Dans sa premitsre larme elle noya son coeur.
(' In her first tear she drowned her heart.') She is now no more-no more ? Nay, 1 boldly say she lives-lives in the hearts of her subjects ; lives in the pages of history. And as the ages revolve, as her pure profile stands more marked against the horizon of time, the verdict of posterity will ratify the judgment of those who were her subjects. She ennobled mankind ; she exalted royalty-the world is better for her life.
Sir. the Queen is no more, let us with one heart say : Long live the King !
I propose to the House that we should unite in a resolution to His Majesty the King, to convey to him the expression of our sorrow at the loss he has suffered-a loss which, we may say with every respect, is ours also.
I propose that we should unite in conveying to the King the expression of the loyalty of his Canadian subjects.
Only a few days ago His Majesty sent a message to his broad dominions across the sea, in which he said it would be his aim in life to follow in the footsteps of his great and noble mother. Sir, we did not want that assurance on the part of His Majesty, to know that the wise policy and the wise conduct of the great Queen whom he has succeeded on the Throne would be his guide. We have believed from the first that he who was a wise prince would be a wise King, that the policy which has made the British Empire so great under his predecessor would also be his policy, and that the reign of King Edward the Seventh would he simply a continuation of the reign of Queen Victoria.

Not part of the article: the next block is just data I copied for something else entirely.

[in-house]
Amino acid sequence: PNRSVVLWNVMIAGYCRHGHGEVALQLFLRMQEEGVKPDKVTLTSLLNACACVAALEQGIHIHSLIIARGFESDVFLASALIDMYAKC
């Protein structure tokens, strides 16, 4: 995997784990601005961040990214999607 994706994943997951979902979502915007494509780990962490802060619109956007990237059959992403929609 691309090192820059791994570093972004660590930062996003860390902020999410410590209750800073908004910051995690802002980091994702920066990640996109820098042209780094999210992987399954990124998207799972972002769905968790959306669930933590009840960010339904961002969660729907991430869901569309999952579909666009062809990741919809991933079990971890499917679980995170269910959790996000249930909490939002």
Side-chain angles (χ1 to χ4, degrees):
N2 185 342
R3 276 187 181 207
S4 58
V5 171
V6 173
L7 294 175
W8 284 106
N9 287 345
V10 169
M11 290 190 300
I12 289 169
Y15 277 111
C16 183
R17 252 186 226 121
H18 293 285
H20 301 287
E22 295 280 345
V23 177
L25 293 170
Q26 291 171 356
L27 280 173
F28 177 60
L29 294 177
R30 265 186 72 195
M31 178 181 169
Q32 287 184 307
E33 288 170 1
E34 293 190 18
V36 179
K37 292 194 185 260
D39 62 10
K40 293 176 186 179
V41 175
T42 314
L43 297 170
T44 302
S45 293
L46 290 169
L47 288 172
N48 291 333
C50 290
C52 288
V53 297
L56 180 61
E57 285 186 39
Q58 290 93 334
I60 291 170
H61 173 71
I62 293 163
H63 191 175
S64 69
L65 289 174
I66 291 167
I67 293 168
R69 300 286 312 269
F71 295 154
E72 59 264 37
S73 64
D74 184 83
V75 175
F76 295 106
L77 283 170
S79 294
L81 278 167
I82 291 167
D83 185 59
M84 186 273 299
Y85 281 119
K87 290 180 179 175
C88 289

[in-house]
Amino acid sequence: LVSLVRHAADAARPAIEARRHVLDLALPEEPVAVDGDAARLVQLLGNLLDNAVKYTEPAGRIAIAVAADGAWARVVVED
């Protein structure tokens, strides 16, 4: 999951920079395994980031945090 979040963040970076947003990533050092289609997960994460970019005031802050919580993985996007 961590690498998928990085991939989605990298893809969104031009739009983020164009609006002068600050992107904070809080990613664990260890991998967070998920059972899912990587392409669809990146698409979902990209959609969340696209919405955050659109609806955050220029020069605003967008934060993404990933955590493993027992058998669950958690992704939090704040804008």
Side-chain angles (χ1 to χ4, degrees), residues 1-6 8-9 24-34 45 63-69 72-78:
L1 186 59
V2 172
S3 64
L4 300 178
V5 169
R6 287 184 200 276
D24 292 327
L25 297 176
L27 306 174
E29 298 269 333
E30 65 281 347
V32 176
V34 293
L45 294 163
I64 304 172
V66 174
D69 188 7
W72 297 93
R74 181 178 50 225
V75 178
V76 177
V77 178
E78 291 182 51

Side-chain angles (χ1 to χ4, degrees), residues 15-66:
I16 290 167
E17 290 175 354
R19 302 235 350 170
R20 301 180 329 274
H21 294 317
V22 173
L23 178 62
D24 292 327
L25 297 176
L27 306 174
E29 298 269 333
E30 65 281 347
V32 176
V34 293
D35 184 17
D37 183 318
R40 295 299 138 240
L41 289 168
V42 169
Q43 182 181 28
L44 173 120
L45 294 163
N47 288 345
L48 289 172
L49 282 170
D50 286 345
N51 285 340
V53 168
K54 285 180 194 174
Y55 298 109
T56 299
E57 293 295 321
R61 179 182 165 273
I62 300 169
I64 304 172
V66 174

On our part let us offer to His Majesty the King the expression of our loyalty-a loyalty which does not spring from any sycophancy or fetichism-but from grateful hearts, who duly appreciate the blessing of living under British institutions. Let us wish him Godspeed, and let us hope that his reign may be as fruitful of good as was that of his wise predecessor. I now beg to move:1-
To the King's Most Excellent Majesty:
Most Gracious Sovereign :
We, Your Majesty's dutitful and loyal subjects, the Commons of Canada, in Parliament
assembled, humbly beg leave to approach Your Majesty with the expression of our deep and heartfelt sorrow at the demise of our late Sovereign Lady Queen Victoria.
In common with our fellow subjects in all parts of the empire, we deplore the loss of a great ruler whose manifold and exalted virtues have for three generations commanded the respect and admiration of the world.
As representatives cf the Canadian people, we mourn for the beloved Sovereign under whom our Dominion first rose into being, and to whose wise and beneficent sway are due in no small measure its growth and prosperity.
May we venture to add that above and beyond these sentiments which the sad occasion naturally calls forth, there has come to each one of us a sense of personal bereavement which, we say it with all possible respect and duty, makes Your Majesty's sorrow our own.
We pray that the God of consolation may comfort Your Majesty and the members of the Royal Family in the affliction.
It is with feelings not less deep and sincere than those to which we have just given utterance that we hail Your Majesty's accession to the Throne of your ancestors. We beg to assure Your Majesty of our devoted attachment to Your Majesty's person and government, and to express our unclouded confidence that the glory and the greatness of the British Empire abroad, and the happiness and well-being of^ Your Majesty's people at home, will suffer no diminution under Your Majesty's gracious rule.
Topic: DEATH OF QUEEN VICTORIA.